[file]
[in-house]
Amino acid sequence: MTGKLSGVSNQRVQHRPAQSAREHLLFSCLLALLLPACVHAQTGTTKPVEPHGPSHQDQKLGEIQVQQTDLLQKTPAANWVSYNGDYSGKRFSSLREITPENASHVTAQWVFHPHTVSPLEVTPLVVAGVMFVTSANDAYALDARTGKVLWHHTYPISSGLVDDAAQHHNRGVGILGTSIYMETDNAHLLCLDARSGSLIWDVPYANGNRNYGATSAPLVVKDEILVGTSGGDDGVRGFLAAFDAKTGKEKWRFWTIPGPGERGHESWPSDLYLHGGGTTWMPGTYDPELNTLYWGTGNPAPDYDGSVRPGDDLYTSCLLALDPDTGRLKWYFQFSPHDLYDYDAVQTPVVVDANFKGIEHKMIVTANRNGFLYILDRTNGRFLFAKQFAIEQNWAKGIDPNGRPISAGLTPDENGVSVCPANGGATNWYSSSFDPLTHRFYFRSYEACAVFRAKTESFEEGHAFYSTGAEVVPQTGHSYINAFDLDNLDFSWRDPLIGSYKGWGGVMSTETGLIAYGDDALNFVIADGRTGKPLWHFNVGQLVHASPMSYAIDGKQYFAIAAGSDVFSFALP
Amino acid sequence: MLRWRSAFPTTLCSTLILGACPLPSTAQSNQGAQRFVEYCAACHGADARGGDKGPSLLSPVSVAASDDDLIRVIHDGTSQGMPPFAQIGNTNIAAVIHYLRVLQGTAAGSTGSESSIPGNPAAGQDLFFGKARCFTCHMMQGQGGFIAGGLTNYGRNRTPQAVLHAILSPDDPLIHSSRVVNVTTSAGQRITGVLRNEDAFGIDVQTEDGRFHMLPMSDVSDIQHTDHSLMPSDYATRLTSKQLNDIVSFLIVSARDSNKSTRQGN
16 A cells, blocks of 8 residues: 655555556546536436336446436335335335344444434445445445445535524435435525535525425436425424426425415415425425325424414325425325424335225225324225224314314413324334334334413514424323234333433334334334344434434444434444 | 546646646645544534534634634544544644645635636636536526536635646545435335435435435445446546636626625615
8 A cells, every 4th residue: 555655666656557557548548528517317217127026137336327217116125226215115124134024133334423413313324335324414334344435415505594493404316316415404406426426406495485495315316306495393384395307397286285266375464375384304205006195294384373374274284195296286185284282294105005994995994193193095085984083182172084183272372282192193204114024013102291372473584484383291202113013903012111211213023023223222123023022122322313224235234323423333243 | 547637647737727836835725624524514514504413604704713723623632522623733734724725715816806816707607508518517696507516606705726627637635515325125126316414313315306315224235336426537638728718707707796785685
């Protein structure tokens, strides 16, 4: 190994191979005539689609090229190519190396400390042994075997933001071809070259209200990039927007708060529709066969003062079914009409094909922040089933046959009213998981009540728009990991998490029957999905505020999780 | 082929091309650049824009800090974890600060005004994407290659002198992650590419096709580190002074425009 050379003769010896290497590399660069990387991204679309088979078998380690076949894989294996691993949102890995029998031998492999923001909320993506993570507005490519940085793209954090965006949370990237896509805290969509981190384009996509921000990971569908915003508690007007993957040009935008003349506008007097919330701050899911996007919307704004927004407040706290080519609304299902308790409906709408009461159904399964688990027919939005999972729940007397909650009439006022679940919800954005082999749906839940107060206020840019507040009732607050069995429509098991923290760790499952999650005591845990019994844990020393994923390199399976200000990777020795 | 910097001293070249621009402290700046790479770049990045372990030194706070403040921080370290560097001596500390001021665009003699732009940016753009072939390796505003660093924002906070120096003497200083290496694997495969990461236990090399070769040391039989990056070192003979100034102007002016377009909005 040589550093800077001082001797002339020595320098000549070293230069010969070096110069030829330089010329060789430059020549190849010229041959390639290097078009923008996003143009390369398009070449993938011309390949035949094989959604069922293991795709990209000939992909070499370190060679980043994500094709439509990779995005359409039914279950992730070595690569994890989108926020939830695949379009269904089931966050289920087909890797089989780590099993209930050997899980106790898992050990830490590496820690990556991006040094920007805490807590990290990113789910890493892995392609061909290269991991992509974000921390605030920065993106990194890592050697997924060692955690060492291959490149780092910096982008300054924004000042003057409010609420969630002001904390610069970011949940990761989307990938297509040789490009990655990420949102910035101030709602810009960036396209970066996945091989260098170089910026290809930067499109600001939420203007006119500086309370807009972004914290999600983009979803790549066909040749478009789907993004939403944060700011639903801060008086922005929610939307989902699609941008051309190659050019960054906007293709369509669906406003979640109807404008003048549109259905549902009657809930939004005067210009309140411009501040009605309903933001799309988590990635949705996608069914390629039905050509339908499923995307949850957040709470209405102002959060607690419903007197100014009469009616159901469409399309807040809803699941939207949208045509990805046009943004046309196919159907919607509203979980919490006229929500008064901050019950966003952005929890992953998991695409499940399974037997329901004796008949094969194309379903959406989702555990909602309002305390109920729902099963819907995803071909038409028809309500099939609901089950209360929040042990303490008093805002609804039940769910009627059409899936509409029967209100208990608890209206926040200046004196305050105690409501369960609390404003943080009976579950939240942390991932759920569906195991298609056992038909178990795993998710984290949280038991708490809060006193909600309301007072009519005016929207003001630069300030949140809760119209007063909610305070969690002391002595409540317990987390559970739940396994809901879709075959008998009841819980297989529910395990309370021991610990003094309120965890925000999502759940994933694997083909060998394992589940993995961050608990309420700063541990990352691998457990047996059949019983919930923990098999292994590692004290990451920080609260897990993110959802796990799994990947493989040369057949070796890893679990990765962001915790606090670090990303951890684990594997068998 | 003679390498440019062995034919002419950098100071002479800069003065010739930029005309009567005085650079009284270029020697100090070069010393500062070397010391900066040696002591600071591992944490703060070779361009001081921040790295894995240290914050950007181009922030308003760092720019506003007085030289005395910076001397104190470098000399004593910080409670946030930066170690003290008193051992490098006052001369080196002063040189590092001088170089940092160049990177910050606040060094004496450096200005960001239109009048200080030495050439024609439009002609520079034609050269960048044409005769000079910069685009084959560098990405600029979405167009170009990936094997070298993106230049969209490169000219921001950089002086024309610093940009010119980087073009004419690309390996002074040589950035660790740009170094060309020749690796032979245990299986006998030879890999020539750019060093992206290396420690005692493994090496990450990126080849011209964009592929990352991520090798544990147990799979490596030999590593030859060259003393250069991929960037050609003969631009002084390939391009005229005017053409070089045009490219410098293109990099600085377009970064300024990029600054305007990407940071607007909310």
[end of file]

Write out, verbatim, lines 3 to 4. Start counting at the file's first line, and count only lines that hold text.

Amino acid sequence: MLRWRSAFPTTLCSTLILGACPLPSTAQSNQGAQRFVEYCAACHGADARGGDKGPSLLSPVSVAASDDDLIRVIHDGTSQGMPPFAQIGNTNIAAVIHYLRVLQGTAAGSTGSESSIPGNPAAGQDLFFGKARCFTCHMMQGQGGFIAGGLTNYGRNRTPQAVLHAILSPDDPLIHSSRVVNVTTSAGQRITGVLRNEDAFGIDVQTEDGRFHMLPMSDVSDIQHTDHSLMPSDYATRLTSKQLNDIVSFLIVSARDSNKSTRQGN
16 A cells, blocks of 8 residues: 655555556546536436336446436335335335344444434445445445445535524435435525535525425436425424426425415415425425325424414325425325424335225225324225224314314413324334334334413514424323234333433334334334344434434444434444 | 546646646645544534534634634544544644645635636636536526536635646545435335435435435445446546636626625615